The stock market moved higher on Thursday, with major indexes climbing about 1%. Investors were able to dismiss much of the uncertainty raised by an Iranian attack against a U.S. drone in the Strait of Hormuz, instead focusing on the prospect that monetary policy moves will support a greater likelihood of economic growth. Yet some stocks weren't able to participate in the rally. Carnival (CCL -1.02%), Steelcase (SCS -1.15%), and Scholar Rock Holding (SRRK -0.66%) were among the worst performers. Here's why they did so poorly.
Carnival sails lower
Shares of Carnival fell nearly 8% after the cruise ship operator released its fiscal second-quarter financial results. The company faced some difficult situations during the quarter, including higher fuel costs, a reduction in maximum speed for its Carnival Vista vessel, and a shift in U.S. policy regarding travel to Cuba. As a result, Carnival cut its full-year earnings guidance by roughly 2% to 4%. Investors didn't like the sound of that, even though the cruise line tried to keep shareholders focused on the long run by highlighting the company's prospects for future growth. Until certain key overhangs get resolved, such as the U.K.'s exit from the European Union, it might be tough for investors to regain their faith in Carnival.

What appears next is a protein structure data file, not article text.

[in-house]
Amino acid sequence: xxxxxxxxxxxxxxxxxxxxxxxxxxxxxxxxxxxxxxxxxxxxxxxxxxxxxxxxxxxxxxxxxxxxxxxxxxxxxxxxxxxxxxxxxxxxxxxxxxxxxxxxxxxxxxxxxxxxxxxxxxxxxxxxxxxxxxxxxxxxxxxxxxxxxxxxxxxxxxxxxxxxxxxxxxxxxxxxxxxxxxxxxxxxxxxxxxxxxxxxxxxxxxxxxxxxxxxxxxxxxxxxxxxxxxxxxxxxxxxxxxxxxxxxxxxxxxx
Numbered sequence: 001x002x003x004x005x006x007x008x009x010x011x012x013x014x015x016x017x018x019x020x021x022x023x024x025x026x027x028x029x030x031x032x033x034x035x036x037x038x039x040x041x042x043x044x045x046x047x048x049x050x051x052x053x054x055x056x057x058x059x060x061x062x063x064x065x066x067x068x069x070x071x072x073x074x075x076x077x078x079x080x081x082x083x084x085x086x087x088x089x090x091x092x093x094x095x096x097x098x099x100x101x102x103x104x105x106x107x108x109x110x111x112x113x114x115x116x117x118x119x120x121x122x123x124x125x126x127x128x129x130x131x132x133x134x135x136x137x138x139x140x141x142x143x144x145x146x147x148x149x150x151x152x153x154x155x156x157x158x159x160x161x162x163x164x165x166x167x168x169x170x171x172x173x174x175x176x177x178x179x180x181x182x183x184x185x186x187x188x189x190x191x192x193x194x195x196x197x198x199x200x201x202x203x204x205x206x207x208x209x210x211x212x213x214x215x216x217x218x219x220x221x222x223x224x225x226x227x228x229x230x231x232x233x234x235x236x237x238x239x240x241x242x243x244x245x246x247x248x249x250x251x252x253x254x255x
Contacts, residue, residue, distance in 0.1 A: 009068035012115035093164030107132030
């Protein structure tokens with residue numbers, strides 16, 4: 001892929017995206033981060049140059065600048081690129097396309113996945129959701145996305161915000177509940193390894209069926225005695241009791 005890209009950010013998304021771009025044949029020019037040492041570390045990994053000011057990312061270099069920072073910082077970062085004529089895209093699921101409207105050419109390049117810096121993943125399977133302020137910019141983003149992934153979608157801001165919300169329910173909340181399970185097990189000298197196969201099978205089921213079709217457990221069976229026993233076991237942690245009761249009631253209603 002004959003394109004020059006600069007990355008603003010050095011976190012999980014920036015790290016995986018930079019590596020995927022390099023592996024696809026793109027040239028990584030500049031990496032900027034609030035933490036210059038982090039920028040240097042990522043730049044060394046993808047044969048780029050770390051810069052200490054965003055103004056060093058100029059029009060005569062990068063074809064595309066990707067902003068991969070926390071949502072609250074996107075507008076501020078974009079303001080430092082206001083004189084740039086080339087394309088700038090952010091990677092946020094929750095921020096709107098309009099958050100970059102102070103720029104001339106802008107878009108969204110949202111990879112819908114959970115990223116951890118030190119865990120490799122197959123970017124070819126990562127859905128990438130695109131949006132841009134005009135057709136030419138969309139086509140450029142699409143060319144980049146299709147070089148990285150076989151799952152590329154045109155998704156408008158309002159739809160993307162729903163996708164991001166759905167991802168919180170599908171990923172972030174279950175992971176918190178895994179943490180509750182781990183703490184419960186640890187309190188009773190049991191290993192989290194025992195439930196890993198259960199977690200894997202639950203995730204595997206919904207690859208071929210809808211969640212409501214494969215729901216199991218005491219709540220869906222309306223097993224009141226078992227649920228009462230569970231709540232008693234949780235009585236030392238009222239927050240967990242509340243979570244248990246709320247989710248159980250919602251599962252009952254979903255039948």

Steelcase falls short
Steelcase saw its stock drop 11% following its release of fiscal first-quarter financial results. The corporate furniture and architectural products specialist reported a 9% rise in revenue that produced modest 5% gains in net income compared to the year-earlier period. Yet those numbers were weaker than what Steelcase itself had projected earlier. Steelcase executives hope that trends toward greater order activity near the end of the quarter could carry over into future periods and help bolster growth, but in order to meet its unchanged full-year projections, the company will have to act quickly to make up for its shortfall to begin the fiscal year.
Scholar Rock sells some stock
Finally, shares of Scholar Rock Holding plunged 15%. The clinical-stage biopharmaceutical company said that it would sell 3 million shares of common stock in a public offering, with the price set at $15 per share. Given that Scholar Rock's stock closed above $17 on Wednesday, that came as a shock. Yet it's not uncommon for biotech stock offerings to involve significant declines, and raising cash at an opportune time could be crucial in helping Scholar Rock to develop key treatments for spinal muscular atrophy and certain forms of cancer. In the long run, it's far more important for Scholar Rock to see positive results in clinical trials as they proceed.